Those challenges include keeping the UW financially healthy while life support from state government and federal research agencies continues to drain away. At the same time, the "baby boom echo" is reaching college age. The state's budget office estimates that over the next 25 years Washington will have an additional 300,000 college-age citizens.

Then there are the perennial tensions between teaching and research, calls for accountability and more efficiency from government leaders, the threat of a faculty "brain drain," society's racial tensions spilling over to the campus, and the pressures of running a $2 billion enterprise.

"My first job is to get to know this great University," McCormick says. "I have got a lot to learn. I plan to go out and meet folks on their turf--in the classrooms, laboratories and offices. I want to find out about the challenges and the opportunities and what help I can provide."

McCormick is no stranger to a college campus. The 47-year-old native of New Jersey was born to the academic life. Both of his parents were on the faculty at Rutgers, the state university of New Jersey. Since his high school graduation, McCormick has spent his life in academe as either a student, professor or administrator--except for one year teaching at an inner city grade school in Philadelphia.

He earned a B.A. in American Studies from Amherst College in 1969 and a Ph.D. in history from Yale in 1976. That same year he became an assistant professor of history at Rutgers. Eleven years later he took over the post of history chair, and in 1989 became Rutgers' dean of arts and sciences during a particularly painful era of budget cutting.

Three years ago he left Rutgers for the University of North Carolina in Chapel Hill to become provost of the flagship university for that state. Again, budget problems were at the top of the list, but McCormick also walked into a firestorm over a proposed Black Cultural Center that some regarded as a "separatist" black student union.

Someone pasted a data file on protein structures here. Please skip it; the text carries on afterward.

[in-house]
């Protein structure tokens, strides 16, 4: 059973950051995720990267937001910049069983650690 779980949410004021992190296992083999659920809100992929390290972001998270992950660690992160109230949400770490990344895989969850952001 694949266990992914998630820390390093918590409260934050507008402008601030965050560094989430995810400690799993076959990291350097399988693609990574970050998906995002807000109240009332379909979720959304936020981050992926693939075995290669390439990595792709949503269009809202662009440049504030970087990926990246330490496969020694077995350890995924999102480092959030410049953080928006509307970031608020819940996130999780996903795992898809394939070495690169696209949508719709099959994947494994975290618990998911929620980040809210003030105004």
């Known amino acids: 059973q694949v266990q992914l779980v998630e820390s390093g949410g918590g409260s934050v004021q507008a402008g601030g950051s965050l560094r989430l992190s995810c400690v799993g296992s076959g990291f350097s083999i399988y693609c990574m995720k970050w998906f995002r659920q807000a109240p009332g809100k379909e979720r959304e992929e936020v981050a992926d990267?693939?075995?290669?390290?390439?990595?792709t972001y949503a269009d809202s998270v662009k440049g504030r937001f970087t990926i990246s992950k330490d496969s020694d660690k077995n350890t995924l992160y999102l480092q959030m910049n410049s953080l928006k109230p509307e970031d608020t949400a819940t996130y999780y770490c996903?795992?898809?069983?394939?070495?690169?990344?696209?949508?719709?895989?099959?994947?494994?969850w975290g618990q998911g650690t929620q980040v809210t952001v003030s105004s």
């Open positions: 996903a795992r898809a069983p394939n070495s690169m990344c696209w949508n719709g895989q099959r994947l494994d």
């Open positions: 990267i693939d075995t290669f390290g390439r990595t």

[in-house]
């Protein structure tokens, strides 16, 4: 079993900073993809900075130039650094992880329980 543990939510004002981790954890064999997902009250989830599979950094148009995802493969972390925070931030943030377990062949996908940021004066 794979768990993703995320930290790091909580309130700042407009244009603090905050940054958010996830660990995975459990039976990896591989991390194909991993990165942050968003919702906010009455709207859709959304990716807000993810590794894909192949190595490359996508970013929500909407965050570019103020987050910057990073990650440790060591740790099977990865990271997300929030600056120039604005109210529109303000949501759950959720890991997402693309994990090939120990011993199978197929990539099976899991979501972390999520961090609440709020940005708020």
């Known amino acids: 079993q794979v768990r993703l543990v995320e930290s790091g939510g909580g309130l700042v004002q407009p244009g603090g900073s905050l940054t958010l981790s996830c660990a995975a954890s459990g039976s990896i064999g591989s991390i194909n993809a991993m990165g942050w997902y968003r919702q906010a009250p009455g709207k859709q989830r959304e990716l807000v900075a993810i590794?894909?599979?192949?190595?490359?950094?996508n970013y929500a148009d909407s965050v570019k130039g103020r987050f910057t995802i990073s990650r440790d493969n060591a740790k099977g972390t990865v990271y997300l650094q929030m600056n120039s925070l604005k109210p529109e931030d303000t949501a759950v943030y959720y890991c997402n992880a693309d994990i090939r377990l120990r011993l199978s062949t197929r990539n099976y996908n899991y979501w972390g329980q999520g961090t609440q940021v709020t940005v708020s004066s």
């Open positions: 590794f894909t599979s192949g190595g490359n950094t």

That McCormick was able to soothe a campus that was tearing itself apart--and at the same time find ways to cushion budget blows--impressed UNC-Chapel Hill Chancellor Paul Hardin. "He was very good at faculty recruitment, particularly minorities. And he was excellent at managing very well a large budget that is never nearly enough," Hardin says.

His track record also impressed the search panel and the UW regents, who offered McCormick the post June 14th after a 13-month search to replace William P. Gerberding. "He had really done his homework. He was exceptionally well-prepared. He knew a lot about the University of Washington," says Regent Dan Evans, who, with Regent Scott Oki, made the final recommendation to the board to hire McCormick.

Looking over Gerberding's 16 years at the UW, Evans adds, "Bill Gerberding's shoes cannot be filled. We have a new president who will bring his own pair of shoes. From what he has been preparing for, they'll be track shoes."